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Domestic workers’ salaries way below PDL: ZCTU

By Michelle Muchina

Zimbabwe Congress of Trade Union (ZCTU) says the recently reviewed minimum wages for the domestic and unclassified industries workers are by far below the poverty datum line and will see many people failing to live decent lives.

Cabinet this week set the minimum wages for domestic workers as gardener ZW$160, housekeeper ZW$168 and childminder ZW$179.

These minimum wages are far below the total consumption poverty line (TCPL) of ZW$873 which was announced by the Zimbabwe National Statistics Agency (Zimstats) in March this year.

Total consumption poverty line (TCPL) represents the total income needed for five members of the household as a minimum for them not to be deemed poor.

In an interview, ZCTU secretary-general Japhet Moyo said the minimum wages set by Cabinet are a clear indication that those who set the wages are not in touch with the obtaining situation in the economy.

“The salary review for domestic workers and unclassified industries are determined by the Salary Advisory Board (SAB). The board is composed of government employers and employees at the national level.

“The levels that they set are very low compared with the cost of living. That means they are living way below the PDL that will lead to many of them failing to sustain their families.

“The majority would not afford to send kids to school or take care of their loved ones who are ill or in extended families and even maintain funeral policies,” he said.

The set salaries if converted into United States Dollars at the current black market rate translate to a measly plus or minus US$10.

Most domestic workers come from poor backgrounds with some of them being orphans and school dropouts and are also breadwinners taking care of their families and siblings in rural areas.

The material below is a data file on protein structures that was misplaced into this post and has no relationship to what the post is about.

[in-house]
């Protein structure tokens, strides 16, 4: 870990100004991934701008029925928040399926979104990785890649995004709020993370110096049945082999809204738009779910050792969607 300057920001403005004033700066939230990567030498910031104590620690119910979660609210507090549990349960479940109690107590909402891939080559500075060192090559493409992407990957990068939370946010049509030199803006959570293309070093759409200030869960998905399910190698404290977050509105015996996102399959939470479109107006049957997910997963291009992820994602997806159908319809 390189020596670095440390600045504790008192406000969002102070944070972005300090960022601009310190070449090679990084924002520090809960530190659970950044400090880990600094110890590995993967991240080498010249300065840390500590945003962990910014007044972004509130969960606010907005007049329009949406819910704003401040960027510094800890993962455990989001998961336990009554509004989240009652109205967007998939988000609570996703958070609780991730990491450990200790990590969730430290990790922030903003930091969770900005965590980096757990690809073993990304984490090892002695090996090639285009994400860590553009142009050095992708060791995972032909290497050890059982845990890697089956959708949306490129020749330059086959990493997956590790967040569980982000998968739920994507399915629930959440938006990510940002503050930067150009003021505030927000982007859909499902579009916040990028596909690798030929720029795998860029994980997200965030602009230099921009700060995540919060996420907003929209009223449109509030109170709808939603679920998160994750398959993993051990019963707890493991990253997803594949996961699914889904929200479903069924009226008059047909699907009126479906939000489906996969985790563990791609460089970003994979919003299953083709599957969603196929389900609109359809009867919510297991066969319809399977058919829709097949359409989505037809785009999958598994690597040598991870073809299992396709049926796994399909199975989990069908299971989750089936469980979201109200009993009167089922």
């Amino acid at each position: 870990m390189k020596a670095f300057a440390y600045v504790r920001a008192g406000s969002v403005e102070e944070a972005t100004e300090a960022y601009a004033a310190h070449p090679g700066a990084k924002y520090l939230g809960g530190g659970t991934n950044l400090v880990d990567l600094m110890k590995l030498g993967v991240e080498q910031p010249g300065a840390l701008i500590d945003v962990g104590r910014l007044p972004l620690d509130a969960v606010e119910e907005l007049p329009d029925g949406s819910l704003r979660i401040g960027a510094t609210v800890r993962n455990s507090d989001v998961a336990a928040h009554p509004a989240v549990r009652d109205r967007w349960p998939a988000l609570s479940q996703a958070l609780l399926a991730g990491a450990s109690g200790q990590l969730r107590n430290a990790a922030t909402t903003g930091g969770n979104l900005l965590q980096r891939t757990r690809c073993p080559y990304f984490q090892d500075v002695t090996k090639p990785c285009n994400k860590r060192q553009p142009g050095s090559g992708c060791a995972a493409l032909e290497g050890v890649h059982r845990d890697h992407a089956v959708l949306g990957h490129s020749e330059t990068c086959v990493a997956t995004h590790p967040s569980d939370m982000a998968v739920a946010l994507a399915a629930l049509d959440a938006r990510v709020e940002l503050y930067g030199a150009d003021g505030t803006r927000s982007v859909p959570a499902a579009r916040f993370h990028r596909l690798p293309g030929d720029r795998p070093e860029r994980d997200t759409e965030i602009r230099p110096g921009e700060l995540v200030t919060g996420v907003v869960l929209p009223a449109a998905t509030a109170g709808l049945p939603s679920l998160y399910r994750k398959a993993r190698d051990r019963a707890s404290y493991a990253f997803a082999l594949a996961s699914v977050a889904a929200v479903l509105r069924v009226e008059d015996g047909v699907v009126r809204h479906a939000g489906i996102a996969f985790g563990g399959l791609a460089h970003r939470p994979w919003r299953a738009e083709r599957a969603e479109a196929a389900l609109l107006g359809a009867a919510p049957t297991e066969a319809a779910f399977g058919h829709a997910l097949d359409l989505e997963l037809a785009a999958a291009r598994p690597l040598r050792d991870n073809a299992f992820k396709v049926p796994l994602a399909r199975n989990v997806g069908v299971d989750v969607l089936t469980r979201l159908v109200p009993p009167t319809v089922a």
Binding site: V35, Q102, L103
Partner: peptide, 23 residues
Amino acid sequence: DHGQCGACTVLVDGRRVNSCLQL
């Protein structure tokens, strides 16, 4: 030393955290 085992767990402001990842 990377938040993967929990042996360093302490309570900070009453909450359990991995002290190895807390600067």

In an interview, Chiedza Kadanga who is a maid in Greencroft (Harare) said she is currently getting about ZW$120 via Ecocash.

“I get 120 Bond Ecocash, cashing out is painful because of the overrated percentage rate. Thus the money I work is only enough for airtime bundles so that I can be able to communicate with my children in the village who are being looked after by my husband who is herding cattle for a living,” she said.

A gardener in Avondale who prefers to be called Bab Dephie said the money he gets is not even enough to pay rentals or school fees for his daughter.

“The money is not even enough for me to pay rent or send my daughter to a normal school so she goes to these random cheap colleges.

“The one-room I am currently staying belongs to my boss, he gave me to stay and we are just living to see the day pass.

“I’m thankful that my wife understands me and our situation and we at times work together in people’s yards so that we are able to put food on the table,” he said.

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Daniel Chigundu

Daniel Chigundu is a male journalist in Zimbabwe and has been practising since September 2009. He used to the editor for The Business Connect (newspaper) in Harare, has his own news website Tourism Focus which is biased towards the tourism sector. Daniel is also working with Magamba Network on their project called Open Parliament where they do live coverage of Parliamentary activities on Twitter and Facebook. He is currently the secretary-general of the Zimbabwe Parliamentary Journalists Forum, is a member of Zimbabwe Small Broadcasters Association and a board member of Digital Communication Network. He holds a Diploma in Communication and Journalism from the Christian College of Southern Africa (CCOSA), a certificate in Youth leadership training from the Friedrich Ebert Stiftung (FES), a certificate in Citizen Journalism from Magamba Network and is currently a first-year student at Zimbabwe Open University studying for a Bachelor of Arts Honours in Ethics and Organisational Leadership.

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